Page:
Newsweek Autopsy: a conversation with James Wellford about photography and the death of the magazine

“The management backed off; they gave all the money to high profile writers, abolished all the contract photographers, names, personalities and creativity. Certainly, in the world of journalism, photography took a back seat to some of the more infamous portrait photographers who shoot celebrities and power. They still get paid. But it was depressing for me as I am interested in news. It was possible for me to take one assignment for a portrait photographer, then cut it in four ways. This would enable me to support stories in other parts of the world very easily. I always believed in that and I could not ever accept or understand why they simply rejected it, hook, line and sinker. In the end it was terribly disappointing.” -James Wellford, speaking to Emaho Magazine

If you’re following dvafoto on tumblr, you’ve already seen our link to Emaho Magazine‘s interview with former Newsweek Senior Photo Editor James Wellford about the death of the magazine and how he tried to curate photography for the publication. Wellford talks about the types of photography he tried to support through his helm at the magazine and how that ultimately ran counter to what the publication’s management had in mind for Newsweek. It’s definitely worth a read.

The interview coincides with an exhibition at Cortona on the Move called Newsweek: An Autopsy, curated by Wellford and Marion Durand, which runs until September 29, 2013, in Italy.

Worth a look: Punctum magazine – A Pan-Asiatic Point of View

“…photographic representations of Asia, in the hands of European photographers and shaped by Western media, has contributed to producing a catalogue of stereotypes that simplifies and even suppresses the full diversity of visual sensibilities that Asian photography is capable of expressing.

As a consequence, Asian photographers lack a platform that not only profiles their work on their own terms, but also suggests its profound link with native visual idioms. This is preceisely the gap that Punctum hopes to fill.” –Punctum, Editorial Statement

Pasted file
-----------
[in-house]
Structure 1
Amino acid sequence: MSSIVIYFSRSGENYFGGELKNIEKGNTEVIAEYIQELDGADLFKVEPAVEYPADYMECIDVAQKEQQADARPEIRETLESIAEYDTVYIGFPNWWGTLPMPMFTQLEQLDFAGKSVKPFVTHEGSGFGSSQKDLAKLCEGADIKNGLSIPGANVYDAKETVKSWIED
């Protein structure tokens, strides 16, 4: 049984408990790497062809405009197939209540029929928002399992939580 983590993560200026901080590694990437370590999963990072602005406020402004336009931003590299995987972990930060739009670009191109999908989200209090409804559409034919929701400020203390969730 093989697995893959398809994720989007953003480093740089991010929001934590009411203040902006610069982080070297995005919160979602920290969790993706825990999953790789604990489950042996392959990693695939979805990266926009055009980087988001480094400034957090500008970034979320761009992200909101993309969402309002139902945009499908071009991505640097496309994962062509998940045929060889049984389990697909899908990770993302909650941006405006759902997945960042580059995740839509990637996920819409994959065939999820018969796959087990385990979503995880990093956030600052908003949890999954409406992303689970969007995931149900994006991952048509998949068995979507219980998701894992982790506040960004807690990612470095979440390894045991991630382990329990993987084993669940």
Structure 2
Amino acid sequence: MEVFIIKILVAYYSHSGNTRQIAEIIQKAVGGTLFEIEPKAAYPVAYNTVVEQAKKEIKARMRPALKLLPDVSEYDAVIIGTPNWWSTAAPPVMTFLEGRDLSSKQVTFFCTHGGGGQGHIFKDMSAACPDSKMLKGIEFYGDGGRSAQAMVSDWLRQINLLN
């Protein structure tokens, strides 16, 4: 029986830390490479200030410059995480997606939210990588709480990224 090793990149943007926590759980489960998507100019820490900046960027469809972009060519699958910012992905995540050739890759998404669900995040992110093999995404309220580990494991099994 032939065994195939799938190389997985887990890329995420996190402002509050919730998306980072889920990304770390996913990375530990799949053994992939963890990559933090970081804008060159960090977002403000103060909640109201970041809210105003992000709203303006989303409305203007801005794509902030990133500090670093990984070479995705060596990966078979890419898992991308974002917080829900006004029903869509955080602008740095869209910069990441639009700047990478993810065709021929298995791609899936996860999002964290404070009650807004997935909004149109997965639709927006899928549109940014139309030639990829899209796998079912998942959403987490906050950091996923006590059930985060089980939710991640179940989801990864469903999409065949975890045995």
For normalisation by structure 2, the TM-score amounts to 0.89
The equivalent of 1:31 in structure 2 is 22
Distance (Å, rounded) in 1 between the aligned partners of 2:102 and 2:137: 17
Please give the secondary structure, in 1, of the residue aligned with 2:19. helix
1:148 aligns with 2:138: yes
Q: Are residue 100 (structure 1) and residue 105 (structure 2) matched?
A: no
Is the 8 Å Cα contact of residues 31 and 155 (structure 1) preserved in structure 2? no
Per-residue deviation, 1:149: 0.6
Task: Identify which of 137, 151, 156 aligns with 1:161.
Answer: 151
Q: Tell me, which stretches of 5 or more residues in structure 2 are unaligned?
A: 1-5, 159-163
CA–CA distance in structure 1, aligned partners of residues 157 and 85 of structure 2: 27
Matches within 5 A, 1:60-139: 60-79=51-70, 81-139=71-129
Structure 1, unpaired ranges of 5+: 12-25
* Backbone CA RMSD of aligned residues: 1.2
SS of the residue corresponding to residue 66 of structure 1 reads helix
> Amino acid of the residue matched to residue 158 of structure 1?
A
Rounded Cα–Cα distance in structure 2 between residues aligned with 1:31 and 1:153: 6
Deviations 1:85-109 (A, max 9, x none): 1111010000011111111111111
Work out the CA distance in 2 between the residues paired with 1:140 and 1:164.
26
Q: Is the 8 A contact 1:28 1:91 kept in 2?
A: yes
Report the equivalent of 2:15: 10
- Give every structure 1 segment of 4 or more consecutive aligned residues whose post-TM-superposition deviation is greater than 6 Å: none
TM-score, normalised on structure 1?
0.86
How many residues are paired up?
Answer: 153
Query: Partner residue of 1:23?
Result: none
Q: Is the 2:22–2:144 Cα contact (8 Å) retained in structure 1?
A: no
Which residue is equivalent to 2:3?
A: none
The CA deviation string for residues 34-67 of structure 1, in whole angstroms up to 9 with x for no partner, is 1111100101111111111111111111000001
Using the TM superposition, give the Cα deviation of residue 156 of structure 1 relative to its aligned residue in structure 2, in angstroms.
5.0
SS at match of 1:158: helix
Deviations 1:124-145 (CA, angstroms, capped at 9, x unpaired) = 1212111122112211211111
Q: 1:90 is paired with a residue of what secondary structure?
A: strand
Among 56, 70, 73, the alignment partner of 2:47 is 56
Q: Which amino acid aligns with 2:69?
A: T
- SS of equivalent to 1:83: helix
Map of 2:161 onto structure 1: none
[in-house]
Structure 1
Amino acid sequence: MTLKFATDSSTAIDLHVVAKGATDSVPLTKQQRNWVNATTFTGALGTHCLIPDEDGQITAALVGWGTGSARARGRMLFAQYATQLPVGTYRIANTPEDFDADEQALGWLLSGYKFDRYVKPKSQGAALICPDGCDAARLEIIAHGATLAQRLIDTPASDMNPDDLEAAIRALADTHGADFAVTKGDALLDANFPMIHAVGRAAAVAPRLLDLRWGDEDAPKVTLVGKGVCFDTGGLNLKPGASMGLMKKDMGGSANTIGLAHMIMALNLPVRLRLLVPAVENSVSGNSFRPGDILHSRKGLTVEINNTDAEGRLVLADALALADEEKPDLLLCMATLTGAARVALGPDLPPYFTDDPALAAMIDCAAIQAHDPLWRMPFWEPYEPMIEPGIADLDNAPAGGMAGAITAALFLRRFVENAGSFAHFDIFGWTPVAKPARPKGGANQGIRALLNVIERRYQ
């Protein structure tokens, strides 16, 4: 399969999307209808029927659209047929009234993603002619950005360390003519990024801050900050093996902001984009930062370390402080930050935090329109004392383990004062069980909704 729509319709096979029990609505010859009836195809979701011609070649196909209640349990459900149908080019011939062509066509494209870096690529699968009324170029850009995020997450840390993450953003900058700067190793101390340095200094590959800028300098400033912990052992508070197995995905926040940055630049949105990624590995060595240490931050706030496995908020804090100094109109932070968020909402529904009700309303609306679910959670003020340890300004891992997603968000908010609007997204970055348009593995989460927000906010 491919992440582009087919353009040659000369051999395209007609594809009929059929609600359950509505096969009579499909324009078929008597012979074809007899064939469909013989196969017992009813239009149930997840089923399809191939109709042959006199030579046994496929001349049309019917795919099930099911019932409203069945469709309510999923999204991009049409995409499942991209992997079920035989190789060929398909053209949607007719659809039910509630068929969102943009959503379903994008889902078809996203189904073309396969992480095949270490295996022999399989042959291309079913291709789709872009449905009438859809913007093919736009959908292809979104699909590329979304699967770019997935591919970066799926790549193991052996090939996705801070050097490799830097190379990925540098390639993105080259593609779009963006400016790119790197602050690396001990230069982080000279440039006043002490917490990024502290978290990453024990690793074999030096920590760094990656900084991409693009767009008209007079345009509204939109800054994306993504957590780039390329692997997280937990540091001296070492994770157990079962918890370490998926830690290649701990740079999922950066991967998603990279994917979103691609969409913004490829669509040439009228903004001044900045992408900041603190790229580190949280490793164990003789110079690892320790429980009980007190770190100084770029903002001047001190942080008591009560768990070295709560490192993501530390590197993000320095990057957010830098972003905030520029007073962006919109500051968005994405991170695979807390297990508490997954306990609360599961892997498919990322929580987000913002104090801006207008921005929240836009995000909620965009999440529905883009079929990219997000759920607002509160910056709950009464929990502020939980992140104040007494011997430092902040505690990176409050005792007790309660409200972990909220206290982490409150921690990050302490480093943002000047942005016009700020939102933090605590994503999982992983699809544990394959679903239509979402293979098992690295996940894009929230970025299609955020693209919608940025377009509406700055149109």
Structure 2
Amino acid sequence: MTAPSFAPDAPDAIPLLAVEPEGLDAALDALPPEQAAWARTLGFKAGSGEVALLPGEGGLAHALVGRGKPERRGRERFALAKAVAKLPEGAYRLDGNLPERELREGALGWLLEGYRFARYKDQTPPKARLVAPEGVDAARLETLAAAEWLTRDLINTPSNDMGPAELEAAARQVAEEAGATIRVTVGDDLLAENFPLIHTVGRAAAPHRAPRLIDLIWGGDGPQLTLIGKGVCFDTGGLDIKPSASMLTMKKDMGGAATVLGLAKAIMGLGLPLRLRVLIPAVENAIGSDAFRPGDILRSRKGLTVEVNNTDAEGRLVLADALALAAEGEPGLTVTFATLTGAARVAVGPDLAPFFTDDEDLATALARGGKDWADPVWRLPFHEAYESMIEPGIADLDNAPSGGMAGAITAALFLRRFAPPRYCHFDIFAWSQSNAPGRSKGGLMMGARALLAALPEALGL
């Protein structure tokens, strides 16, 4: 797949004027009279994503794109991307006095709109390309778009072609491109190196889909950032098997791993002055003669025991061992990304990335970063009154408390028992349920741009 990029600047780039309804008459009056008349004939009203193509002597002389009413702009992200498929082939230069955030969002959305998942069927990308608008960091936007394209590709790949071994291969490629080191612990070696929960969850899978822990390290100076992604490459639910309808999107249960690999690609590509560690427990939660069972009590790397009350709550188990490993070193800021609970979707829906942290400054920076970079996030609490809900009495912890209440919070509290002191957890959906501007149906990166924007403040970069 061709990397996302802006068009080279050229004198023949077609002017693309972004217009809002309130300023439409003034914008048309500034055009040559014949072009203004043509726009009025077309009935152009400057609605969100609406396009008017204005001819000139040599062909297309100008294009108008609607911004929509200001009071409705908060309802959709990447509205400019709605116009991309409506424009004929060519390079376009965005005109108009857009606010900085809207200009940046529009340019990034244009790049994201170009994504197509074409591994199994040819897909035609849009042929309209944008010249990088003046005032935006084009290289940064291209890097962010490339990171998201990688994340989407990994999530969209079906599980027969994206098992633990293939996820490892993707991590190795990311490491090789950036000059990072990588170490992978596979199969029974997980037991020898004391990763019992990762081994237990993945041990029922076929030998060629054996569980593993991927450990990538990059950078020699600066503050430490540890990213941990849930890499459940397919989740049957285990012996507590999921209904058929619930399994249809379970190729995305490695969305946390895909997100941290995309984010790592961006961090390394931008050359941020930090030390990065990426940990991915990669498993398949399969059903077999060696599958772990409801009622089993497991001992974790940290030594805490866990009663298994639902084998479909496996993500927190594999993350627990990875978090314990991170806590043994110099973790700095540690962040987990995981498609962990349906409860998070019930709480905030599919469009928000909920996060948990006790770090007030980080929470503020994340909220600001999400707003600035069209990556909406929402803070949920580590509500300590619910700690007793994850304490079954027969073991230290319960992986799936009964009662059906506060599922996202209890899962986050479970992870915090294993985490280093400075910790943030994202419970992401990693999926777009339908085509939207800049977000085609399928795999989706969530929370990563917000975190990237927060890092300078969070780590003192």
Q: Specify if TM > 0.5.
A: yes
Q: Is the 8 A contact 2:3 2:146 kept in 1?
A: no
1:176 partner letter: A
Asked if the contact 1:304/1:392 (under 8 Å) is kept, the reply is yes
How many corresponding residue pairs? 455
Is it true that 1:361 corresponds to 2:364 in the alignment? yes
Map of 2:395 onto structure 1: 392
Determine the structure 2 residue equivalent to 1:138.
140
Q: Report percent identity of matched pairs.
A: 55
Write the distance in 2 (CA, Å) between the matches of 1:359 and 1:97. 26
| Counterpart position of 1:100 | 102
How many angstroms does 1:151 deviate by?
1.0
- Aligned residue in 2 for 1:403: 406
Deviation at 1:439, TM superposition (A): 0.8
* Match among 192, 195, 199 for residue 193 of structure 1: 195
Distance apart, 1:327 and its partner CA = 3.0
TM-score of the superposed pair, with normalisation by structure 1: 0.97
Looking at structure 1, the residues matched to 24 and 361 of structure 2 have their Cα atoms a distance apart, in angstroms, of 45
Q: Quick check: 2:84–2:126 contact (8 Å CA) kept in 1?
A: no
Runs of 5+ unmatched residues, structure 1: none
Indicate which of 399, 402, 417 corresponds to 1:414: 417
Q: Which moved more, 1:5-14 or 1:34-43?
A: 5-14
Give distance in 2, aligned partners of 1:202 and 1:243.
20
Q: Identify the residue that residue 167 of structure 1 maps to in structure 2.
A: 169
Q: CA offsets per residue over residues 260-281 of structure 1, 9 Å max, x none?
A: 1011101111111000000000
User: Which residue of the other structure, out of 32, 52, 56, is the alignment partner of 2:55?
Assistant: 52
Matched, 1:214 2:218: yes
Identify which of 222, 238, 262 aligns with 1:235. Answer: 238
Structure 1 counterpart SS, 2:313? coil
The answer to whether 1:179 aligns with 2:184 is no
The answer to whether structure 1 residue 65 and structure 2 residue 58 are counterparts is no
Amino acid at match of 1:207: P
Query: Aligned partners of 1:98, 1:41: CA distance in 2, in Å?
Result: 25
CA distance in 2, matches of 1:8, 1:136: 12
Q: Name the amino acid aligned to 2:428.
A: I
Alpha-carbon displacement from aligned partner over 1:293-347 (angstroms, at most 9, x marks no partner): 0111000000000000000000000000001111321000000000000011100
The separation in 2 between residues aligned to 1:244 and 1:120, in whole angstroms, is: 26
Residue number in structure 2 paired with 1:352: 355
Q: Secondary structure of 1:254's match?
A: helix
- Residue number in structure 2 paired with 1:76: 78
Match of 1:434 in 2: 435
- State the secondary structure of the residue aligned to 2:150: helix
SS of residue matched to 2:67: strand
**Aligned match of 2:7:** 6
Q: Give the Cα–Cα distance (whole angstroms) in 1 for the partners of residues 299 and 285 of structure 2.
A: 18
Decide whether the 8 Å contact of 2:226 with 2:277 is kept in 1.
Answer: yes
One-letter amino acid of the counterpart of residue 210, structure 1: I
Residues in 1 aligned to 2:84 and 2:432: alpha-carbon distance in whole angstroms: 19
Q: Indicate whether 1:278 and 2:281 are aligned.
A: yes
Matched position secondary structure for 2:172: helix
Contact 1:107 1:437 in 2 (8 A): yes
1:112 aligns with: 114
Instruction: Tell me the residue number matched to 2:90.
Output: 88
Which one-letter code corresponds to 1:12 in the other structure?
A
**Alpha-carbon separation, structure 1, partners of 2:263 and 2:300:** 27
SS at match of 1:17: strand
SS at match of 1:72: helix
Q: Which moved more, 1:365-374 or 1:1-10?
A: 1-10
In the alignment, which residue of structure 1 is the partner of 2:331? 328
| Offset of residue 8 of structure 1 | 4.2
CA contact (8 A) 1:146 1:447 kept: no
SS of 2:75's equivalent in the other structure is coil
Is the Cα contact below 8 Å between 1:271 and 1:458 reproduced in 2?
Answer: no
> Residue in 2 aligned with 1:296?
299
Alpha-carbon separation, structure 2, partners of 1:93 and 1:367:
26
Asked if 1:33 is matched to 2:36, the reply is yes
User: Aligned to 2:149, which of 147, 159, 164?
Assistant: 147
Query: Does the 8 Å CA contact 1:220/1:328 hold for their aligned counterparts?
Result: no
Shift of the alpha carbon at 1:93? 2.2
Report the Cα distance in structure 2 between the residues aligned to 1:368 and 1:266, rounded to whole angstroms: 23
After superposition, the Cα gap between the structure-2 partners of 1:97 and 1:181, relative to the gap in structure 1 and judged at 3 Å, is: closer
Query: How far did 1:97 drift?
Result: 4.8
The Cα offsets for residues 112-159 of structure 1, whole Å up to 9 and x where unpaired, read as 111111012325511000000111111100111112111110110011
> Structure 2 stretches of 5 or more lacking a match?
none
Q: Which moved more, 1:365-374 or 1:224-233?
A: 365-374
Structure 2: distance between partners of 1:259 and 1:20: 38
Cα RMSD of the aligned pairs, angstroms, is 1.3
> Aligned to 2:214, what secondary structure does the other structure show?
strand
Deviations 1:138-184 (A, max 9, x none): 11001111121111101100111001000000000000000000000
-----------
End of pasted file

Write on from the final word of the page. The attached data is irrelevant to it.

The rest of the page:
Issue 2 of Punctum magazine, an Asia-focused photography magazine, has just been published, and it’s beautiful. There’s a real variety in both topics and photographic approaches. Based in India and Spain, the magazine publishes work produced by Asian photographers and writers about Asia. The magazine is produced by editor, and OjodePez founder, Frank Kalero, executive editor Lola Mac Dougall, literary editor Rajni George, and graphic designer Inca Roy. Issue 1 is also available via issuu, and according to the media kit, print editions can be found in “large international cities of Asia, Europe and America,” primarily in specialized bookshops, museums, galleries, photography schools, and the mailboxes of art critics.

(via Newsweek’s Picture Department)

PDN launches digital photo magazine for women

  • “Smudge-proof makeup tips for long days behind the camera”
  • “Seasonal Flats: these flats will keep your feet covered, comfortable and cute while you’re on photo shoots”
  • “Step-by-Step: create these beautiful lanterns for your studio”
  • “Beauty Dish: New Jersey-based wedding photographer dishes about her camera-ready style”
  • “Luminous Lenses: Shoot in style with these designer lens protection wraps”
  • “Hanging Tough: These camera straps are stylish yet tough just like you”

-Headlines from PDN’s new women’s magazine, Pix

Photo District News have launched a new photography-focused digital magazine for women called Pix, a few screenshots from which are presented above. It’s a doozy. Jezebel is on the case: Finally, Lady Photojournalists Get Their Own Photo Ladymag Full of Lady Stereotypes. You can read through the whole first issue here, and the next issue will be available via iTunes in December 2012.

In more serious women-in-photography news, two women have been nominated to Magnum (Zoe Strauss and Bieke Depoorter, alongside Jerome Sessini), Isadora Kosofsky has won the 2012 Inge Morath Award, and as Matt wrote previously, the Alexia Foundation has started a $25,000 Women’s Initiative grant.